Following a cabinet meeting early on Sunday, Jordanian government called for self-restraint and de-escalation, the Jordanian news agency, Petra, reported.

The government also said that Jordan dealt with some “flying objects” over the Kingdom on Sunday night and shot them down, adding that some shrapnels fell on uninhabited areas and no injuries were reported.

Lebanon said its airport will resume its activities after the overnight closure, state TV reported.

Tehran’s Mehrabad airport and airports in several other Iranian cities have canceled domestic flights until Monday morning due to Middle East tensions, the semi-official Mehr news agency reported on Sunday, as the country’s western airspace remains off limits to flights.

Iran launched explosive drones and fired missiles at Israel late on Saturday — its first direct attack on Israeli territory in a retaliatory strike that raises the threat of wider regional conflict.

Jordan, which lies between Iran and Israel, had readied air defenses to intercept any drones or missiles that violated its territory, two regional security sources said.

US and British warplanes were involved in shooting down some Israel-bound drones over the Iraq-Syria border area, Israel’s Channel 12 reported.

Iranian airports cancel flights until Monday morning

Several Iranian airports including Tehran’s Imam Khomeini International have canceled flights until Monday, Iranian state media reported on Sunday, as tensions flared in the Middle East with Iran’s attack on Israel overnight.

“All flights from Tehran’s Imam Khomeini International Airport have been canceled until 6 a.m. (0230 GMT) following an announcement by Iran’s Civil Aviation Organization,” the airport’s executive told the Iranian Student News Agency.
Domestic flights from Tehran’s Mehrabad Airport and airports in Shiraz, Isfahan, Bushehr, Kerman, Ilam, and Sanandaj have also been canceled until Monday morning, according to Iran’s Airports and Air Navigation Company, as the country’s western airspace remains off limits to flights.
Major airlines across the Middle East have announced the cancelation of some of their flights, while having to reroute others.

 


Israel’s Netanyahu vows victory after Iran strikes, fears of wider conflict grow

Israel’s Netanyahu vows victory after Iran strikes, fears of wider conflict grow
Updated 14 April 2024
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Israel’s Netanyahu vows victory after Iran strikes, fears of wider conflict grow

Israel’s Netanyahu vows victory after Iran strikes, fears of wider conflict grow
  • Iran had relied on its proxies across the region to attack Israeli and US targets in a show of support for the Palestinian militant group Hamas
  • Israel’s Channel 12 TV cited an unnamed Israeli official as saying there would be a “significant response” to the attack

JERUSALEM: Israeli Prime Minister Benjamin Netanyahu vowed on Sunday his country would achieve victory after the military said it shot down almost all the more than 300 drones and missiles launched by Iran in a sharp escalation of the Middle East conflict.
Tehran’s attacks late on Saturday, launched after a suspected Israeli air strike on its embassy compound in Damascus on April 1 that killed officers of the elite Islamic Revolutionary Guard Corps, raised the threat of a wider regional conflict.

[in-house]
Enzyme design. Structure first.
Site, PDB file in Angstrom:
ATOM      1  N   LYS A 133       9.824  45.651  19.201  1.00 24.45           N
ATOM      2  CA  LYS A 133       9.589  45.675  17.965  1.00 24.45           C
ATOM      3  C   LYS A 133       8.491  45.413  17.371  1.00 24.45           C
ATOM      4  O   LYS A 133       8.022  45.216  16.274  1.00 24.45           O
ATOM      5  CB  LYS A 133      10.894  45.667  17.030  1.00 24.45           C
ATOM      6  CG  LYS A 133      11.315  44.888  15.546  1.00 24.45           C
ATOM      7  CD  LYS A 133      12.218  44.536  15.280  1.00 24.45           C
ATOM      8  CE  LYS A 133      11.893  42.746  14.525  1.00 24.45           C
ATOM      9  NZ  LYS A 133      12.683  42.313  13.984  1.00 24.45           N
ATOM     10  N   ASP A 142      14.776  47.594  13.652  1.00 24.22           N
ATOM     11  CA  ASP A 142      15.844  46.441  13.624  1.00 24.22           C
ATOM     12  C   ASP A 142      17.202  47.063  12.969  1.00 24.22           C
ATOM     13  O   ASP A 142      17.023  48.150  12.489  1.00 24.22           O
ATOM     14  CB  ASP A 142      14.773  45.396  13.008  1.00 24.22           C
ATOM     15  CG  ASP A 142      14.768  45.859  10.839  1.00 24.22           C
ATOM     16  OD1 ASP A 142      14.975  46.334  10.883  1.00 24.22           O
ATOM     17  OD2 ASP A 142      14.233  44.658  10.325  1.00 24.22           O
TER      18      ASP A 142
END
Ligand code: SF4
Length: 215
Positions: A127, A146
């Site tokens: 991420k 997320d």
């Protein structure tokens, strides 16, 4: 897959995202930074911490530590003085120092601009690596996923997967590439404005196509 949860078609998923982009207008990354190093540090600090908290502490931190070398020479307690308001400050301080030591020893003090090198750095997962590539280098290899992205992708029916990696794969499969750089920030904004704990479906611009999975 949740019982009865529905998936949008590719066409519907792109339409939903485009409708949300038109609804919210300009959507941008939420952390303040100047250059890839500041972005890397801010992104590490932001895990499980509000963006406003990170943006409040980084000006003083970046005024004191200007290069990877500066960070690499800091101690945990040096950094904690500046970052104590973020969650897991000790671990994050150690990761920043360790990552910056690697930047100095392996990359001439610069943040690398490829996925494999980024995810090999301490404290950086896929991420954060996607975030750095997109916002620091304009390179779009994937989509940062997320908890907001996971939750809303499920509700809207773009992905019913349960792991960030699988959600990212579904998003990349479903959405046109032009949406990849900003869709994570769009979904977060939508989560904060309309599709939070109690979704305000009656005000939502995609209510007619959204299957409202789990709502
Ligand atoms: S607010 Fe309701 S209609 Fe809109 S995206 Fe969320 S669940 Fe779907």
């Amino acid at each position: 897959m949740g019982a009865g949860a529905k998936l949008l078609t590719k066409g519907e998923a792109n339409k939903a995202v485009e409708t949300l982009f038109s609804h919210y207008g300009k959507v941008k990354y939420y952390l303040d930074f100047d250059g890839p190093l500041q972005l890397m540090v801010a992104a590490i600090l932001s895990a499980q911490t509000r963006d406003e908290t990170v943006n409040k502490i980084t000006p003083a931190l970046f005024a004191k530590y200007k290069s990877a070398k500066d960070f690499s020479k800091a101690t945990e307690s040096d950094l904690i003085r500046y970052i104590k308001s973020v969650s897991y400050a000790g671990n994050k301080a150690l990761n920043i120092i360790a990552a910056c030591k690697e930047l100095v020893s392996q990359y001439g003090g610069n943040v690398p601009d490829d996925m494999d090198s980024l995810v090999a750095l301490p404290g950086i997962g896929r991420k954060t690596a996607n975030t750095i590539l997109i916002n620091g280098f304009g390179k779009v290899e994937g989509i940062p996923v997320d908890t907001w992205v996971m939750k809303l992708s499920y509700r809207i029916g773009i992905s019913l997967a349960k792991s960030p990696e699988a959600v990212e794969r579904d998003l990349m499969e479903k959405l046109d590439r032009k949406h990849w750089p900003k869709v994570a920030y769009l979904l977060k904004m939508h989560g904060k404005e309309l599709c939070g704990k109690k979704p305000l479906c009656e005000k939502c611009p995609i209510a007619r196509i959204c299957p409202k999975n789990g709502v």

Iran had relied on its proxies across the region to attack Israeli and US targets in a show of support for the Palestinian militant group Hamas in the Gaza war with Israel, which shows no sign of easing despite numerous mediations efforts.
“We intercepted, we repelled, together we shall win,” Netanyahu posted on X.
The Israeli military said the armed forces had shot down more than 99 percent of the Iranian drones and missiles and were discussing follow-up options.
Israel’s Channel 12 TV cited an unnamed Israeli official as saying there would be a “significant response” to the attack.
The war in Gaza, which Israel invaded after an attack by Iran-backed Hamas on Oct. 7, has ratcheted up tensions in the region, spreading to fronts with Lebanon and Syria and drawing long-range fire at Israeli targets from as far away as Yemen and Iraq.

Iran’s president Ebrahim Raisi warned Sunday Israel and its allies against any “reckless” actions after Tehran’s drone and missile attack in retaliation for a deadly strike on its Damascus consulate.

“If the Zionist regime (Israel) or its supporters demonstrate reckless behavior, they will receive a decisive and much stronger response,” Raisi said in a statement.

’Push toward escalation'
Iran’s most powerful ally in the region, the Lebanese Shiite group Hezbollah — which has been exchanging fire with Israel since the Gaza war began — said early on Sunday it had fired rockets at an Israeli base.
Drones were also reportedly launched against Israel by Yemen’s Iran-aligned Houthi group, which has attacked shipping lanes in an around the Red Sea to show solidarity with Hamas, British maritime security company Ambrey said in a statement.
Those clashes now threaten to morph into a direct open conflict pitting Iran and its regional allies against Israel and its main supporter, the United States. Regional power Egypt urged “utmost restraint.”
Israel’s chief military spokesperson, Rear Admiral Daniel Hagari, called Iran’s actions “very grave,” telling a televised briefing they “push the region toward escalation.”
Iran launched dozens of ground-to-ground missiles at Israel, including more than 10 cruise missiles, and most were intercepted outside Israeli borders, Hagari said.
The Iranian salvo caused light damage to one Israeli military facility, he said.
The Israeli military said it was not advising residents to prepare to take shelter, revising an earlier alert in an apparent signal of the end of the threat.